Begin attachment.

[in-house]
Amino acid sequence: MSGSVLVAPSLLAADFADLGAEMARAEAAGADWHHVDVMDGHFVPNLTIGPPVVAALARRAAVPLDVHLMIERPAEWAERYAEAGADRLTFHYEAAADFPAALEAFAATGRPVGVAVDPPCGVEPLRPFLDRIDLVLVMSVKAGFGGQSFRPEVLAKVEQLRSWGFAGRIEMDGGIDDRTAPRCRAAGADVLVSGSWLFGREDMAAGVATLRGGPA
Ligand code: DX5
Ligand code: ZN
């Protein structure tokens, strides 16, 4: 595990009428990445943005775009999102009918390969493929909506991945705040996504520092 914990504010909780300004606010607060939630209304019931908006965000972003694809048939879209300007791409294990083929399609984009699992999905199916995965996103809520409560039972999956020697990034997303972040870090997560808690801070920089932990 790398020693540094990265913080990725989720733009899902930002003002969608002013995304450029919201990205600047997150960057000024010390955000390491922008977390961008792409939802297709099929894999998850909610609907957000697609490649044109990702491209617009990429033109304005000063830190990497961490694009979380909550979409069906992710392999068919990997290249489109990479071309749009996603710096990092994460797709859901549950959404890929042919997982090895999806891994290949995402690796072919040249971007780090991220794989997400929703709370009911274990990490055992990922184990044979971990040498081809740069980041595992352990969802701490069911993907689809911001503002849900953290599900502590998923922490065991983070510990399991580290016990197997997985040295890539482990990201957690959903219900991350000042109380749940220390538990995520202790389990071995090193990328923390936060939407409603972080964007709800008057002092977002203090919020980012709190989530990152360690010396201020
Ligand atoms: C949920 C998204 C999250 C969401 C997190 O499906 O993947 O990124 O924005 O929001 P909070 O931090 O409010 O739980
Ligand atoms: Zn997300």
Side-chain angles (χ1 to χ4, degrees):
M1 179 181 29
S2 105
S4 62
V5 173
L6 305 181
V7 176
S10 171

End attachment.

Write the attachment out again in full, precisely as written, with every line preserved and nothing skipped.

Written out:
[in-house]
Amino acid sequence: MSGSVLVAPSLLAADFADLGAEMARAEAAGADWHHVDVMDGHFVPNLTIGPPVVAALARRAAVPLDVHLMIERPAEWAERYAEAGADRLTFHYEAAADFPAALEAFAATGRPVGVAVDPPCGVEPLRPFLDRIDLVLVMSVKAGFGGQSFRPEVLAKVEQLRSWGFAGRIEMDGGIDDRTAPRCRAAGADVLVSGSWLFGREDMAAGVATLRGGPA
Ligand code: DX5
Ligand code: ZN
């Protein structure tokens, strides 16, 4: 595990009428990445943005775009999102009918390969493929909506991945705040996504520092 914990504010909780300004606010607060939630209304019931908006965000972003694809048939879209300007791409294990083929399609984009699992999905199916995965996103809520409560039972999956020697990034997303972040870090997560808690801070920089932990 790398020693540094990265913080990725989720733009899902930002003002969608002013995304450029919201990205600047997150960057000024010390955000390491922008977390961008792409939802297709099929894999998850909610609907957000697609490649044109990702491209617009990429033109304005000063830190990497961490694009979380909550979409069906992710392999068919990997290249489109990479071309749009996603710096990092994460797709859901549950959404890929042919997982090895999806891994290949995402690796072919040249971007780090991220794989997400929703709370009911274990990490055992990922184990044979971990040498081809740069980041595992352990969802701490069911993907689809911001503002849900953290599900502590998923922490065991983070510990399991580290016990197997997985040295890539482990990201957690959903219900991350000042109380749940220390538990995520202790389990071995090193990328923390936060939407409603972080964007709800008057002092977002203090919020980012709190989530990152360690010396201020
Ligand atoms: C949920 C998204 C999250 C969401 C997190 O499906 O993947 O990124 O924005 O929001 P909070 O931090 O409010 O739980
Ligand atoms: Zn997300």
Side-chain angles (χ1 to χ4, degrees):
M1 179 181 29
S2 105
S4 62
V5 173
L6 305 181
V7 176
S10 171